“I don’t know who the fuck they are, they’re from a different part of town, they’re from a different school, but because we’re both wearing Slipknot hoodies we’re gonna talk to each other. That was how I learned music, finding people with the same t-shirt as me. Your sense of identity and self, you had to wear it on your school bag, you had to wear it on your t-shirt to express it. You get community from that.”
Limerick people still regularly have to defend the reputation of their city to people who know nothing about it.
“When people say Limerick is a shithole, it’s because they heard someone else say Limerick is a shithole,” says Blindboy. “They’ve been fed a lie. I did a podcast about the wonderful Limerick photographer that is Brian Cross, B+.”
The legendary Limerick photographer moved to Los Angeles in 1990 to study photography at the California Institute of the Arts. Since then, he has done an estimated 100 album covers for artists including Eazy E, Jurassic 5, DJ Shadow, David Axelrod, Warren G, J Dilla, Build An Ark, Cut Chemist, Damian Marley – the list goes on.
“Brian Cross told me the history of why Limerick got called Stab City,” Blindboy continues. “He said in about 1977, there were a bunch of Libyan military pilots out in Shannon, something to do with Aeroflot I believe. They went out in Limerick one night, good looking lads, and one of them shifted some girl. Her boyfriend had a problem with it, so he stabbed the Libyan guy in the eye with a screwdriver. In 1977, violence like that was very rare.
“Because he was a military person, the media just took this idea that Limerick is exceptionally dangerous. This mythology grew from there and we’re still living with the consequences. I still have to defend Limerick all the time. The best thing we can fight it with is our art. We punch above our weight with art, with music in particular. I’m going to keep talking about Limerick and keep representing it as the beautiful, wonderful city that it is and hopefully that Stab City shit will be in the past.”
My Creative Heart
Blindboy is a big supporter of Irish artists. He namechecks April, Ezra Williams, The Mary Wallopers, Kojaque and Sign Crushes Motorist amongst his favourites. The Irish music scene for young artists has blossomed since we were teenagers.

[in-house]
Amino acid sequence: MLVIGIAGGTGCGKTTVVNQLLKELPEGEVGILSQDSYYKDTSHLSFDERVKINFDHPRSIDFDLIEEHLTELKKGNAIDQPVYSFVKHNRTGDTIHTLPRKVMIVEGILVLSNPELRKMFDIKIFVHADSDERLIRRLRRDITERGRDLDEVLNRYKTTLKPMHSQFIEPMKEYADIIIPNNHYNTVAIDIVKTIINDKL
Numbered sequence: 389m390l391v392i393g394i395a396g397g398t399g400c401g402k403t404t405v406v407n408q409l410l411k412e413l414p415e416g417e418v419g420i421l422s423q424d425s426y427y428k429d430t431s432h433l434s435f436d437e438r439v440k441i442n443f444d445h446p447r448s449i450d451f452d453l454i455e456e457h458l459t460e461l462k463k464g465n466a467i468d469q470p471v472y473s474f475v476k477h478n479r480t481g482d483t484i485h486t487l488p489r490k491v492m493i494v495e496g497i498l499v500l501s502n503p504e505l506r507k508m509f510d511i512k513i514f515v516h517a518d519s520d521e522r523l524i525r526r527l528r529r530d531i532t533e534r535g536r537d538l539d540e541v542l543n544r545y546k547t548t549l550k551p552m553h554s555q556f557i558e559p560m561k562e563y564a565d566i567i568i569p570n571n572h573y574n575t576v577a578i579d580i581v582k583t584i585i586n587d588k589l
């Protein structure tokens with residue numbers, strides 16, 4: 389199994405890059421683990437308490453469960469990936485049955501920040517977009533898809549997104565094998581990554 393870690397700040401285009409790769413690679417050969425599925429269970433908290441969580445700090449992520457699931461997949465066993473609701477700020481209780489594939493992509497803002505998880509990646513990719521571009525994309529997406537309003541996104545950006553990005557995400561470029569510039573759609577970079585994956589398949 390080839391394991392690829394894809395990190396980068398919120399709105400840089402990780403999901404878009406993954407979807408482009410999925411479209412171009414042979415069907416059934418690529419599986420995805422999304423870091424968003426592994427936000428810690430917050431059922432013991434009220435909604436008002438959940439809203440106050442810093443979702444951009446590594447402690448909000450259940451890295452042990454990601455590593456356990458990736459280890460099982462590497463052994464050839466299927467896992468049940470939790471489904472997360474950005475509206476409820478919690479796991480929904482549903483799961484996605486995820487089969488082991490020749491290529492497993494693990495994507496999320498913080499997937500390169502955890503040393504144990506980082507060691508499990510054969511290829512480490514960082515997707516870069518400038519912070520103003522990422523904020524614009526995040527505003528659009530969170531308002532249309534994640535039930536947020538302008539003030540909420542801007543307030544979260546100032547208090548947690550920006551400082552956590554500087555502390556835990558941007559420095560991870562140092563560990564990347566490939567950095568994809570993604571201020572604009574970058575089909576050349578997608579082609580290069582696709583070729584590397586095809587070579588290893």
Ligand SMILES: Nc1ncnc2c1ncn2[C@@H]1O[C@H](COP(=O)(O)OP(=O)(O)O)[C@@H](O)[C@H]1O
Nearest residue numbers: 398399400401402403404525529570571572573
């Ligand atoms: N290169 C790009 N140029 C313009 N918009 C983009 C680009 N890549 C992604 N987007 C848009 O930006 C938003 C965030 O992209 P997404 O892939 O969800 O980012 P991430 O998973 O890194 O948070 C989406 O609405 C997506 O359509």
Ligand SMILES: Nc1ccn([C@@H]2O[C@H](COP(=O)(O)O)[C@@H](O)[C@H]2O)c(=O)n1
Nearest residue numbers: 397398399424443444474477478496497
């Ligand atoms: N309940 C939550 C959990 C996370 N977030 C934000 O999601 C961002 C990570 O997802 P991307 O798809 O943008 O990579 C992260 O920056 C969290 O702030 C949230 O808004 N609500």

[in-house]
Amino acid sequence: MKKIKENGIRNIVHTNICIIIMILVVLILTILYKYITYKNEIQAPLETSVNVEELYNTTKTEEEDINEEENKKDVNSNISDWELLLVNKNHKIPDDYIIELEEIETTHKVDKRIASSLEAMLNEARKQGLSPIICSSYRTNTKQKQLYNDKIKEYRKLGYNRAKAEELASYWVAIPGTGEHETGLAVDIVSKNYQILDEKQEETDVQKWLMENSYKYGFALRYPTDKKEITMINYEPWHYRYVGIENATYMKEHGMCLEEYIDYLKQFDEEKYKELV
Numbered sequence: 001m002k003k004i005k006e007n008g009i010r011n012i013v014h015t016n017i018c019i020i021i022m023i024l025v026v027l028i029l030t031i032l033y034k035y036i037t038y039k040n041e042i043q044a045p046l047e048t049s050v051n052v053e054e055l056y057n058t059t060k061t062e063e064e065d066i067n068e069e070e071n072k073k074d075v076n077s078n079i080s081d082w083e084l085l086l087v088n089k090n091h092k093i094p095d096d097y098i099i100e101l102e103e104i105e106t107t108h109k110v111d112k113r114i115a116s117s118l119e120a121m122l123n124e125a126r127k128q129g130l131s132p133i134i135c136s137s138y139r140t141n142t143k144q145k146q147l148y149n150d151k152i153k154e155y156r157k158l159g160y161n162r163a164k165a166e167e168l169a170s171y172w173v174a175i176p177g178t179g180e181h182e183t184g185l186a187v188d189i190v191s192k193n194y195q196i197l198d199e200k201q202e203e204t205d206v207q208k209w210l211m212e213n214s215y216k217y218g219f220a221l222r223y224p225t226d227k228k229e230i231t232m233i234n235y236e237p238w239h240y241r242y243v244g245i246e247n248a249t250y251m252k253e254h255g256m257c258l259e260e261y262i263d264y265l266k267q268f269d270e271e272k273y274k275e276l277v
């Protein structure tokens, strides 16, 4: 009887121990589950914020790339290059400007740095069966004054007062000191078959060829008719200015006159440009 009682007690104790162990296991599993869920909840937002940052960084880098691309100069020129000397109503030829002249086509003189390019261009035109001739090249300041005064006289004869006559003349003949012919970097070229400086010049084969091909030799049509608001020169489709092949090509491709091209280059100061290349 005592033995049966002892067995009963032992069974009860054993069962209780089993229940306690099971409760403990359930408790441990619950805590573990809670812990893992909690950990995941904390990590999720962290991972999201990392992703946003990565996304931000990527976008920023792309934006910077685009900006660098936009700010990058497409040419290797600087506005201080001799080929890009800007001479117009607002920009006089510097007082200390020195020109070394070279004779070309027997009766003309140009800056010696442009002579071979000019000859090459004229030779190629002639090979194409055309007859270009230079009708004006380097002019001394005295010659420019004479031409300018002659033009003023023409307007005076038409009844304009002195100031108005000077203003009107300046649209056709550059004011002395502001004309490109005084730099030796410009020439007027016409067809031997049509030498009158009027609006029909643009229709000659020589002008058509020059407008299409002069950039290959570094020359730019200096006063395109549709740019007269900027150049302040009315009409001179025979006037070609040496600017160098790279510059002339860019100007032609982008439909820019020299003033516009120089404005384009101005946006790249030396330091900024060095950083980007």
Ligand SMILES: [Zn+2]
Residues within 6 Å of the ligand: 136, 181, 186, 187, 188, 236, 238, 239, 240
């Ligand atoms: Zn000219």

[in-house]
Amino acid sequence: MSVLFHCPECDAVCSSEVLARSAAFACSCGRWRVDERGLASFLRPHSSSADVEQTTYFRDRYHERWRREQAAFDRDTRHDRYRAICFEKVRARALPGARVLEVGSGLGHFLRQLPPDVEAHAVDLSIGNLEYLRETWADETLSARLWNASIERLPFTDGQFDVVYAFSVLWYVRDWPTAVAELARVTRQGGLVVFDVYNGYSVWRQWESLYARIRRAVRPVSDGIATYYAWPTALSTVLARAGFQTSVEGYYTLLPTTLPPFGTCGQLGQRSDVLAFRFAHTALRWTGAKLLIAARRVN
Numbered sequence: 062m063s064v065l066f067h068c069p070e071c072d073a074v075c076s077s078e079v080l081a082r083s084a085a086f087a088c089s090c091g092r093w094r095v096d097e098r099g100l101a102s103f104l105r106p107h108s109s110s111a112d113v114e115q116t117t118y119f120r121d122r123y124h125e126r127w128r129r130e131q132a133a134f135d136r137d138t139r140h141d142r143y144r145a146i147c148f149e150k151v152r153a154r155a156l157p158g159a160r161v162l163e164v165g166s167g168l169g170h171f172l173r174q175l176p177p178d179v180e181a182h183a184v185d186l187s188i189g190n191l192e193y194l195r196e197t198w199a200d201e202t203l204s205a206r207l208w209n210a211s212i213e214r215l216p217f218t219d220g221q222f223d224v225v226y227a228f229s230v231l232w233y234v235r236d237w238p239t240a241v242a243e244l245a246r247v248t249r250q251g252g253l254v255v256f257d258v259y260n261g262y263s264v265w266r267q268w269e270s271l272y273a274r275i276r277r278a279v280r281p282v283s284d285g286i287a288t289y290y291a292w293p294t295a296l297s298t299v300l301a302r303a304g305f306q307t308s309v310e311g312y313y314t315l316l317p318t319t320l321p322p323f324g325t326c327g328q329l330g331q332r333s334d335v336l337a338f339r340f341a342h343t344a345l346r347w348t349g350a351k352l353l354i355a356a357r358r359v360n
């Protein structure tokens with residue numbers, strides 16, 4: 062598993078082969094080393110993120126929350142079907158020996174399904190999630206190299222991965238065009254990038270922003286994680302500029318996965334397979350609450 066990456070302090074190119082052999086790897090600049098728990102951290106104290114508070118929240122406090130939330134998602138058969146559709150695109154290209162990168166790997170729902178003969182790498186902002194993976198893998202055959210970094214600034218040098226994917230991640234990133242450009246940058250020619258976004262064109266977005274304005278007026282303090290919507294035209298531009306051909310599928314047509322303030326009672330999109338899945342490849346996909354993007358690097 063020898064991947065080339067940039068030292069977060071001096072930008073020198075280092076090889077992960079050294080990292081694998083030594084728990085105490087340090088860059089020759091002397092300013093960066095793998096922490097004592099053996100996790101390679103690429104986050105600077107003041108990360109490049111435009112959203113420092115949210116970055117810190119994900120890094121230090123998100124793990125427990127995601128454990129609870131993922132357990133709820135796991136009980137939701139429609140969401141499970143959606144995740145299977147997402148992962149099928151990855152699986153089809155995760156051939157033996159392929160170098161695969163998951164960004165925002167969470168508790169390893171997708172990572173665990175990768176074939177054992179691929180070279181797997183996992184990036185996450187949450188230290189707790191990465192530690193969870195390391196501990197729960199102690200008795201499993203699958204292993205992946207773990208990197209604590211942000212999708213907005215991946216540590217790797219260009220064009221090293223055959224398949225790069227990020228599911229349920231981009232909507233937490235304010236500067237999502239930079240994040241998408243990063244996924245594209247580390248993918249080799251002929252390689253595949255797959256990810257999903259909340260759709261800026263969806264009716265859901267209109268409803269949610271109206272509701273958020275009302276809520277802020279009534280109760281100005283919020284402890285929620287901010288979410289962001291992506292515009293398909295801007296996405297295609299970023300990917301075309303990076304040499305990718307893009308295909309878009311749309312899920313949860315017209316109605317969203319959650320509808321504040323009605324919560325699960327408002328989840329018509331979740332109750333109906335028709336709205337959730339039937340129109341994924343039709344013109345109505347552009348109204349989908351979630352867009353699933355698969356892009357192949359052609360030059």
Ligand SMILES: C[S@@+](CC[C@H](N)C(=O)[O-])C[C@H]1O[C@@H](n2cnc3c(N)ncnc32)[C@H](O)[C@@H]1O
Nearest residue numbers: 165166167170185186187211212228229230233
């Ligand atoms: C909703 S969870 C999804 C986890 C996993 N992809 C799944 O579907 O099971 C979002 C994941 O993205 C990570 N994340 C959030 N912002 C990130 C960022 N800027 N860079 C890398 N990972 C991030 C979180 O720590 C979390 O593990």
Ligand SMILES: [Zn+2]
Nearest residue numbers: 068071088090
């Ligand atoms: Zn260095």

“Making it back then meant – can I do a gig, maybe up in Dublin, and there may be A&R people there, looking to be signed by a US or English label,” he reflects. “The pressure of that, the pressure to be ‘international’ meant that you’d have a band from Dublin or Limerick singing like they were American, or with a bit of British twang. But now, I don’t think these young artists in Ireland are looking for a record deal. I think the fact that there’s no future for musicians in Ireland has freed up the capacity to be very Irish in what you do.”
There’s certainly no shame in singing in an Irish accent anymore.
“I love The Mary Wallopers right, but I’m old enough to remember The Saw Doctors,” he continues. “I think The Saw Doctors are incredible songswriters, I don’t give a fuck what anyone says. The standard of pop songwriting is up there with Prefab Sprout, but The Saw Doctors weren’t cool.
“To sing with an Irish accent was mortifying. Scary Eire were rapping in Irish accents back in 1991. People were mortified! People would leave the venues with red faces, because the lads up on stage think they’re Yanks, they’re rappin’?! Now, all of a sudden it’s cool. The Mary Wallopers are brilliant and they deserve every bit of respect that they’re getting, same with Lankum. Thirty years ago they would have been cringe as fuck.”
While the creative landscape for Irish musicians is rich, making money is a constant struggle.
“No one is earning a living,” says Blindboy. “Musicians have to present themselves as more successful than they are. That’s part of the brand and the self-promotion. But how do they do that and at the same time say, ‘I’m also not earning any money, can I have some please?’ It’s a dichotomy.”
Blindboy is an adept musician, producer and songwriter in his own right. Over lockdown he wrote over 300 songs while playing video games, livestreaming on Twitch. Does he have an ambition to release his own music?
“The odd time I’d think about it,” he acknowledges. “I would do it if I had the time, but what I’ve got to do is follow my creative heart. Creatively where I’m at right now is writing books.”
But with his musical mind and his way with words, it seems a shame to keep his songwriting potential locked up. Would he consider writing lyrics for say, The Mary Wallopers?
“Jesus, I’d love that,” he enthuses. “I’d love to write for an R&B artist because I adore R&B. To have someone with a class voice singing over my melodies… I would love that if I had the time. When I was 20, I wanted to end up as a producer like Max Martin. One of these people that nobody knows but they’ve written every song in the world.
“Somebody who stays in the studio writing songs and producing for other artists, but no one knows who the fuck they are. Because I don’t really enjoy performing and I don’t really enjoy the spotlight. I just enjoy the creativity."
• Blindboy Boatclub’s latest book Topographia Hibernica is available now via Coronet.